Malala Yousafzai, the 18-year-old Nobel prize winner, has condemned American presidential hopeful Donald Trump for his call to ban all Muslims from entering the US.
Speaking at a ceremony in Birmingham to honour the 134 Pakistani schoolchildren who were killed by the Taliban in Peshawar a year ago, Yousafzai told reporters that Trump's call was "really tragic" and "full of hatred, full of this ideology of being discriminative towards others".
She told AFP: "There are these terrorist attacks happening, for example what happened in Paris, or what happened in Peshawar a year ago.
"If we want to end terrorism we need to bring quality education so we defeat the mindset of the terrorism mentality and of hatred."
In a separate interview with Channel 4 News yesterday, Yousafzai said: "I can just highlight one thing. The more you speak about Islam and against all Muslims, the more terrorists we create.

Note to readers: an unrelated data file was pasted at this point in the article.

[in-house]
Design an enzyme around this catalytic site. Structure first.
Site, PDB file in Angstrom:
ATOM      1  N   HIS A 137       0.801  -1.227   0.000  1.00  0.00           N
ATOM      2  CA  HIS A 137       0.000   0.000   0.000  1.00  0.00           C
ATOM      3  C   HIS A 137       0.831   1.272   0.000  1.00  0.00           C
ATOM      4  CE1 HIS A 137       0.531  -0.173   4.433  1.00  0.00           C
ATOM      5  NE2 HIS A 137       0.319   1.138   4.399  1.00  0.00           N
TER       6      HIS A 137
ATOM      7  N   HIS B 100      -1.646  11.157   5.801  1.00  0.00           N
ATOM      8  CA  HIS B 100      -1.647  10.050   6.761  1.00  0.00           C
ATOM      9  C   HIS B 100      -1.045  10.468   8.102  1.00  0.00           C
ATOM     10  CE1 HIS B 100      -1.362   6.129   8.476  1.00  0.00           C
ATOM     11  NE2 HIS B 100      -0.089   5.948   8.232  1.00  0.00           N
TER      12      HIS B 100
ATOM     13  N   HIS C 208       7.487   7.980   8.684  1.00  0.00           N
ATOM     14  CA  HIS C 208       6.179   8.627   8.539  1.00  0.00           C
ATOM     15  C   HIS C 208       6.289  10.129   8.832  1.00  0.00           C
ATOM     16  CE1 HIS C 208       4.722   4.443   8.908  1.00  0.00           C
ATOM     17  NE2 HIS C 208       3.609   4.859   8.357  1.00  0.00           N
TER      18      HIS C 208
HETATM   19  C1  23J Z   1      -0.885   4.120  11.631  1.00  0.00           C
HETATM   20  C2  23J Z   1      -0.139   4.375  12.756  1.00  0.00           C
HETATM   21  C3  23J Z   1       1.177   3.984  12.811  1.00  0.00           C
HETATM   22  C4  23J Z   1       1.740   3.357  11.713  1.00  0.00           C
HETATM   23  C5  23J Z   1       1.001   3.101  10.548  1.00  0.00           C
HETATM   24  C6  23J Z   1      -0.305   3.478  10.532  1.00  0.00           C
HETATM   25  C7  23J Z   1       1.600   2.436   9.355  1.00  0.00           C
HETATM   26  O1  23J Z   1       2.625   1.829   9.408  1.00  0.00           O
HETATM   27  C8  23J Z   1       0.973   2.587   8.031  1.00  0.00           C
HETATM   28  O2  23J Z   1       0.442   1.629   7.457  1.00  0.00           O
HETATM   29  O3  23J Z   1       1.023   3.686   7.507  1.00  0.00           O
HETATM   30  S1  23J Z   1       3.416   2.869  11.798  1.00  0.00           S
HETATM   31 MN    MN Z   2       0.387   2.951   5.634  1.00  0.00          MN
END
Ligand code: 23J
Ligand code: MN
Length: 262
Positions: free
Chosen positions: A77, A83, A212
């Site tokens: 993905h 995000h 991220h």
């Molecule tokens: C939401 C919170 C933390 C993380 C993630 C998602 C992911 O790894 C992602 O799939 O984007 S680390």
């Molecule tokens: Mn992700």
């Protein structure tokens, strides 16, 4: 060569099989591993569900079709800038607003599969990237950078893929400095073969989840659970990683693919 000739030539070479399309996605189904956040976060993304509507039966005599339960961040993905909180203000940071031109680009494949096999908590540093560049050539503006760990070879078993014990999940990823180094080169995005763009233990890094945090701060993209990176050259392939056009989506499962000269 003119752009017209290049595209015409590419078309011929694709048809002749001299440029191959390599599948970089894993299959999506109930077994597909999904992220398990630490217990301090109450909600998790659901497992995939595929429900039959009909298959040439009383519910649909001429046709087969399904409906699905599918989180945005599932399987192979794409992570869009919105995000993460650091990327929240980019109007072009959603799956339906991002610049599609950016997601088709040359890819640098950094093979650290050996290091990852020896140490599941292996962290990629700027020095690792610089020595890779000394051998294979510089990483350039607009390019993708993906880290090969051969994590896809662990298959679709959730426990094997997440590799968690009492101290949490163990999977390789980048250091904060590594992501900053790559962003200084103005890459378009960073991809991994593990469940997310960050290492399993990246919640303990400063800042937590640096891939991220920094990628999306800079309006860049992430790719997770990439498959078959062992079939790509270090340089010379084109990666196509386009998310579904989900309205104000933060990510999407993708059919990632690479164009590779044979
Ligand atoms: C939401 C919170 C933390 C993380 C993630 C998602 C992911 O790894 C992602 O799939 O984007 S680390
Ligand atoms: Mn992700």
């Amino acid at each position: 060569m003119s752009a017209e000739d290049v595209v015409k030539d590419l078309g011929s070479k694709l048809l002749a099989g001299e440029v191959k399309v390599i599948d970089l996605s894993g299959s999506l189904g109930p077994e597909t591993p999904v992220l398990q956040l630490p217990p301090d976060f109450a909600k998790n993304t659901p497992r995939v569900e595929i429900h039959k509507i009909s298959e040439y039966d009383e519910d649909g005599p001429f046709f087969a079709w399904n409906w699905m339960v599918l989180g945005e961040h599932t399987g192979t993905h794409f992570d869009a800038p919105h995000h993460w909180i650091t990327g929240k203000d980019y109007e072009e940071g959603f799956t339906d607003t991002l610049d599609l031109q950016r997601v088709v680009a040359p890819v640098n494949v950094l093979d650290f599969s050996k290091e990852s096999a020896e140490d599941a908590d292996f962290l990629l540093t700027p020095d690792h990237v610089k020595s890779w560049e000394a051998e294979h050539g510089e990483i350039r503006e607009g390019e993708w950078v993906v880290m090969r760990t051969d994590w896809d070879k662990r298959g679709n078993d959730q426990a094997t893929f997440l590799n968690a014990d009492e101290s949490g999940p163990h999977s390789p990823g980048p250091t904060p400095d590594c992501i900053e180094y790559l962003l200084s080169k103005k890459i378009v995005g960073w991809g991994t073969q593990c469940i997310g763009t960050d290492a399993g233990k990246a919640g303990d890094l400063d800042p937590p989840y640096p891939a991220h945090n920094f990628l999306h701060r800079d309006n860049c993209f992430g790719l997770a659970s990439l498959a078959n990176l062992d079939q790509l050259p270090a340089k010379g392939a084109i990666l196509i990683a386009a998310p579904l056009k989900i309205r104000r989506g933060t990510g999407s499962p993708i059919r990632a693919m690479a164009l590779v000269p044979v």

"So it's important that whatever politicians say, whatever the media say, they should be really, really careful about it. If your intention is to stop terrorism, do not try to blame the whole population of Muslims for it because it cannot stop terrorism. It will radicalise more terrorists."
Yousafzai also told interviewer Jon Snow that she had been inspired to call herself a feminist by a speech the actress Emma Watson made at the UN. She also offered her thanks to the people of Birmingham for their "support" and "love": "I'm proud to be a Brummie," she said.
Yousafzai was shot in the head in 2012 by a Taliban gunman for insisting that girls should get an education, and went on to win the Nobel Peace Prize at the age of just 17 for continuing to promote this cause and others.
Alan White is a news editor for BuzzFeed News and is based in London.
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